Babaji was once wandering somewhere in Eastern U.P. At one place he passed by a railway station. The train happened to be at halt. He had a fancy to travel some distance by train. He got into a nearby coach and sat in an upper class compartment. After a while the train started and continued its journey. Some time later, a Travelling Ticket Examiner saw this somewhat uncouth, rustic-like person occupying the upper class seat and approached him and asked for his ticket. Babaji just looked up at him once and paid no further attention to his query. He continued to remain silent in contemplation. The Ticket Examiner was annoyed. He demanded to see the ticket. It was those days when most of the railway staff was either British or at least Anglo-Indian. Babaji shook his head and spread out his empty hands. The Ticket Examiner understood the situation and decided to take action. Soon after, the train stopped for a brief halt at a small way-side station in the country-side. Babaji was ordered to get down. He promptly obeyed, left his seat, got down out of the carriage and walking a few steps along the dusty platform went and stayed under the shade of a tree. He seemed absolutely unconcerned of whatever had happened. He paid no attention to what was going on around him. In a couple of minutes the bell rang, the railway guard blew his whistle and waved the green flag. The engine driver sounded the whistle and started the engine. Nothing happened. The engine did not move and the train continued to stand where it was. After a few minutes the guard got down and walked up to the engine driver to enquire what the trouble was. No trouble could be detected. Everything seemed to be all right. The engine driver checked everything and tried again. No result. More time passed. The Station Master became anxious. Another train which was due to come by was held up at some station up the line. Telegraphic messages started coming. 15 minutes, 20 minutes and then half an hour passed. Anxiety built up. Then a subordinate member of the staff very timidly approached the Station Master and pointing to Babaji sitting under the tree insisted that the whole situation was due to having shown disrespect to the holy man. He suggested that the only way out of the impasse was to approach him and beg his forgiveness and request him to continue his journey without any hindrance. This was conveyed to the guard and the engine driver. At first they vehemently refused to do any such thing but as more time passed, better reason prevailed. They respectfully approached Babaji, saluted him, asked to be excused for their rudeness, requested him to bless the train and invited him to continue his journey. Babaji looked up and glanced at them for a moment and said "All right, Chalo. Hum chalenge, Hum chalenge" ("All right, Go. I shall come along, I shall come along") and got up and re-entered the train. Immediately the engine gave a jerk and the train started to move as though nothing had happened. A little crowd, which had gathered there, in the meanwhile, loudly acclaimed Babaji with awe in their voice. From then onwards no Railway Officer ever interfered with Babaji’s free movement in any train he fancied.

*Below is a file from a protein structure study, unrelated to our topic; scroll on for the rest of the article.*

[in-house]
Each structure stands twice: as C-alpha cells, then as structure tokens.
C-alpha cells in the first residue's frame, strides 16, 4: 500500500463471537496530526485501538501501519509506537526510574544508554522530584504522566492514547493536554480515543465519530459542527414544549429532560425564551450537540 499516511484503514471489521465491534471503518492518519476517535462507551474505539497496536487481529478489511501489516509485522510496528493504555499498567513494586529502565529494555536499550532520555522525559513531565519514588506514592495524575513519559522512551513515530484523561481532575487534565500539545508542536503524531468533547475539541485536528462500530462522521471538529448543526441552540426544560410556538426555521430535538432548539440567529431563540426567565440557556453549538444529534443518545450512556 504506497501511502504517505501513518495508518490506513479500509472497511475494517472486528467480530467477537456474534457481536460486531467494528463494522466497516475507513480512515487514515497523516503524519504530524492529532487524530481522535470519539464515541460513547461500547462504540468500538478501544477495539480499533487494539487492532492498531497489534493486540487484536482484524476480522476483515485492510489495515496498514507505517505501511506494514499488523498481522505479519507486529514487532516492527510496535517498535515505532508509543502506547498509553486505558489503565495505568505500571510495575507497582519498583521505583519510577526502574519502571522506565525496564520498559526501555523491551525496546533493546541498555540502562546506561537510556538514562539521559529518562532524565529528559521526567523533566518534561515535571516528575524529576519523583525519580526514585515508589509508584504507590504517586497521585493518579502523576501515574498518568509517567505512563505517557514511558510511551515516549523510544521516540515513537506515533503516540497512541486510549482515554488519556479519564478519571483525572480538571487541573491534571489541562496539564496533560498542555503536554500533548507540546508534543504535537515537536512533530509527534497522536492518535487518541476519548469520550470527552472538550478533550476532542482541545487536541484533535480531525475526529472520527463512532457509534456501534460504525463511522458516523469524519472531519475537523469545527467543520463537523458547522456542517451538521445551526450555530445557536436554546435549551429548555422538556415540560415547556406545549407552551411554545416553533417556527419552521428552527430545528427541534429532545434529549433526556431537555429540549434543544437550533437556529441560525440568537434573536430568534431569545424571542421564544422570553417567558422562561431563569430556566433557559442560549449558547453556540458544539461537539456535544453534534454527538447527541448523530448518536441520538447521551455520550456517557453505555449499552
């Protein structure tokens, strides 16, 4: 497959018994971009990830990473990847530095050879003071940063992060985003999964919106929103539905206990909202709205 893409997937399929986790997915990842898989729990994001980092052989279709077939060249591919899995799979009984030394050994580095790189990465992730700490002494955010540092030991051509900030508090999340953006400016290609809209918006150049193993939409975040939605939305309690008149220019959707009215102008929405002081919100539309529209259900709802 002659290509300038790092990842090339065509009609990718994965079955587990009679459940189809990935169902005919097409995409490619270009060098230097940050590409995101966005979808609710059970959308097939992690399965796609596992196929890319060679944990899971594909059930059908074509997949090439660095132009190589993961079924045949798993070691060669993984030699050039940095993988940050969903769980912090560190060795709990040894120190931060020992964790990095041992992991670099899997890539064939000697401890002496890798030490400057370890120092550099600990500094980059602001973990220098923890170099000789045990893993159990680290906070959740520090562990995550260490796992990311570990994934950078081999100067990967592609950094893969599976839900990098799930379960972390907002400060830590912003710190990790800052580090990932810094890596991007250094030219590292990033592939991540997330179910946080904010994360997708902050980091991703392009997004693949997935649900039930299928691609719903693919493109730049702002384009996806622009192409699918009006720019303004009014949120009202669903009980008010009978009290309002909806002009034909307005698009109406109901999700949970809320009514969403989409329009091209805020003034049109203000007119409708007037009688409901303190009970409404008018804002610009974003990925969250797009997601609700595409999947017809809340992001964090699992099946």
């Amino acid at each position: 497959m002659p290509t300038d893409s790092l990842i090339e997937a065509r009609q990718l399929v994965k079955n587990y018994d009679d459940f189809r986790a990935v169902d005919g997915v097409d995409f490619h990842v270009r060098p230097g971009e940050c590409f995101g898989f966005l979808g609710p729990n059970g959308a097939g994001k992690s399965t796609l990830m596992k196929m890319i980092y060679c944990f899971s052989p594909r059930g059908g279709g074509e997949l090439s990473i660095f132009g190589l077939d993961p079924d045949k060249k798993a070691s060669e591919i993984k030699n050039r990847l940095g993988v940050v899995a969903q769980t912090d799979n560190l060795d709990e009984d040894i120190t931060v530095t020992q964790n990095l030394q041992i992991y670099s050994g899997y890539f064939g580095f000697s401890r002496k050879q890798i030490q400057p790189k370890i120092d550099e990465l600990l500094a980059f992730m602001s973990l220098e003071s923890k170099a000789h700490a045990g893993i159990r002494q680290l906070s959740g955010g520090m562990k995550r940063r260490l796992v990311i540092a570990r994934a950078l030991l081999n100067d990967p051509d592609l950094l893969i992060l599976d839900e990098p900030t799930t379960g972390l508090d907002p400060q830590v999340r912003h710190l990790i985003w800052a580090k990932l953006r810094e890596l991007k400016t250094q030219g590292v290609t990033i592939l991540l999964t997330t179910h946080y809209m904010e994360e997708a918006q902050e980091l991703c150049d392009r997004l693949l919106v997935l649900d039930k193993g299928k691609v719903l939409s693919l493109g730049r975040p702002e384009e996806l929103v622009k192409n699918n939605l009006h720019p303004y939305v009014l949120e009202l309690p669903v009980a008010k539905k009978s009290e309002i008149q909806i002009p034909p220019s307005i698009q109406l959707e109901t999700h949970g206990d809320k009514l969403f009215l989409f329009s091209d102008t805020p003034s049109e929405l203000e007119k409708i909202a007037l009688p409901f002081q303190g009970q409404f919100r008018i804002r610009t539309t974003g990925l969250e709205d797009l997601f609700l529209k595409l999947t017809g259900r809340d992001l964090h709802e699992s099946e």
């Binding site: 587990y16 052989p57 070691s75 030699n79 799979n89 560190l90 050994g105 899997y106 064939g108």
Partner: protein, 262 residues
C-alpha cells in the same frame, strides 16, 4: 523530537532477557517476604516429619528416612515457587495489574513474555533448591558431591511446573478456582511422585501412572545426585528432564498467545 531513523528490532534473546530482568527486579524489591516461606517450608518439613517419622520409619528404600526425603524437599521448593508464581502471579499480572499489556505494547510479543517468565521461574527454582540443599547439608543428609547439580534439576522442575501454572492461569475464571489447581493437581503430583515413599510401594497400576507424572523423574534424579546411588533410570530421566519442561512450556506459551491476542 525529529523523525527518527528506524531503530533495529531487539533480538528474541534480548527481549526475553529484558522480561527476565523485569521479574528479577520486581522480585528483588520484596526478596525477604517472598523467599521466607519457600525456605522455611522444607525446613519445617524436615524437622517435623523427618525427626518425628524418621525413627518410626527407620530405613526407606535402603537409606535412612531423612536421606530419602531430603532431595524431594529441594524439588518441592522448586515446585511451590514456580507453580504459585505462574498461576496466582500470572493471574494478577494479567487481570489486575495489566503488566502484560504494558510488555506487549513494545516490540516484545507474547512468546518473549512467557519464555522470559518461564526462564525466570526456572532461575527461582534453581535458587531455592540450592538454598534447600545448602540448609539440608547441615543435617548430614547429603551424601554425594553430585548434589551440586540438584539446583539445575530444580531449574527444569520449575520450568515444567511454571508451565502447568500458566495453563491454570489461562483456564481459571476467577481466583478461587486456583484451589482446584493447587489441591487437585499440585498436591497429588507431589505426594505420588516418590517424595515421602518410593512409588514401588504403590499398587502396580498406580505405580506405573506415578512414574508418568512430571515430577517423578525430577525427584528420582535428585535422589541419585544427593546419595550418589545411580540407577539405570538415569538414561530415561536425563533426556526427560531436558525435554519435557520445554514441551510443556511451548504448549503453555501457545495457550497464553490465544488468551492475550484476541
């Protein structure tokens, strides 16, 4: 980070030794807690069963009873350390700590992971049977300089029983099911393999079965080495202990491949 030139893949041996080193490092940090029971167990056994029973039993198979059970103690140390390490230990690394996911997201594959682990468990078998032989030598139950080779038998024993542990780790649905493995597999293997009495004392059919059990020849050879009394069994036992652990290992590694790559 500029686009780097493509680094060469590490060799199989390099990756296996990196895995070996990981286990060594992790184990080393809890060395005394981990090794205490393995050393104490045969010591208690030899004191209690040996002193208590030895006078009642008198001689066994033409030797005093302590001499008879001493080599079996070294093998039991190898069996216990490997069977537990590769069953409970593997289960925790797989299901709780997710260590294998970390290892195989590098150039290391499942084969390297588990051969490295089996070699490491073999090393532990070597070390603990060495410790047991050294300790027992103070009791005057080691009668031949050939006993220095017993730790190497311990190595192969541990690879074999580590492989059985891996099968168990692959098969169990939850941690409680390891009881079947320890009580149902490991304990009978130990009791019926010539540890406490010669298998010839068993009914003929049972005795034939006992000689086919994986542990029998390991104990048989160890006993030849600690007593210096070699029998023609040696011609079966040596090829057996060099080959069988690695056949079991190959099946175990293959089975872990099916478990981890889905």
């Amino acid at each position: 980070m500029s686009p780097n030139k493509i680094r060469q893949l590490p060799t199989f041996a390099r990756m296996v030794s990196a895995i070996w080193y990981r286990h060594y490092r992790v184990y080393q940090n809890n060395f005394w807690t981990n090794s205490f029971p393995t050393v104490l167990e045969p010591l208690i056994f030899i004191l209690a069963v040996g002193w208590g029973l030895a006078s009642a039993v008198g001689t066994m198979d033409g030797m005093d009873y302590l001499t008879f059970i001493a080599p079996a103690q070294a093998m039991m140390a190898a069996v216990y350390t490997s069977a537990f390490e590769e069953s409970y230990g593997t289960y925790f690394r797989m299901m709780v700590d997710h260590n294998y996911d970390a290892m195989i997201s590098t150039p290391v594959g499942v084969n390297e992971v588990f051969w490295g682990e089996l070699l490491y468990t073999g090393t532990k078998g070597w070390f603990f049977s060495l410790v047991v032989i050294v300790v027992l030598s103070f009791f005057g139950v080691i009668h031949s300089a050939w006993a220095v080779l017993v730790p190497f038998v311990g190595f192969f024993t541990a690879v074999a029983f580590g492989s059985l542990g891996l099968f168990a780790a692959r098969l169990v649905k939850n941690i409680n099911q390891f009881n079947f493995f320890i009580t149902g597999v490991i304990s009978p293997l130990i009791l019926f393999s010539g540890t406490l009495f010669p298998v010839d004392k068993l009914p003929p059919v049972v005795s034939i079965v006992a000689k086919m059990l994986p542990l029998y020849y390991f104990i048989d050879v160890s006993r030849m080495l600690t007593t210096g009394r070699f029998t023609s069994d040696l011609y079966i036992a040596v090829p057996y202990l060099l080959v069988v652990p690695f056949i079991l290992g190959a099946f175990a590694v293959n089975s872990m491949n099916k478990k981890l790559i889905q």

I shall conclude by narrating how Babaji twice visited Sivananda Ashram at Rishikesh after the passing of Gurudev Swami Sivanandaji Maharaj. Quite unexpectedly Babaji turned up, all of a sudden, one day, and walked into the Ashram. Sri Swami Nirmalanandaji, a Gurubhai of mine who had some very unusual experience with Babaji previously, ran up to me and announced his arrival. By the time I stepped out, Babaji was already in my outer verandah upstairs. I bowed down on his feet, took him inside and had him seated upon an Asana. Babaji very kindly made enquiries about the Ashram, of its inmates and our activities. I answered all his questions and he seemed very satisfied and said "Bahut Achha, Bahut Achha." ("Very good, Very good.") I told him that I wished to offer something for him to partake and asked what he would like. He agreed to drink some milk. Hot cow’s milk and sugar were brought. He very graciously partook it and in the meantime other residents of the Ashram came up and made their Pranams and took their seat. I introduced them to him. He beamed with pleasure and signified his blessings to all. He expressed his appreciation for the hospital work. Then he continued to stay for some time with us all and then saying that he must be going, he got up and walked away from the room followed by us. When he reached the foot of the steps and came upon the road, he raised his hand in blessing as well as in a gesture motioning us to stop and not to follow him. Then he started walking down the road and was soon out of sight.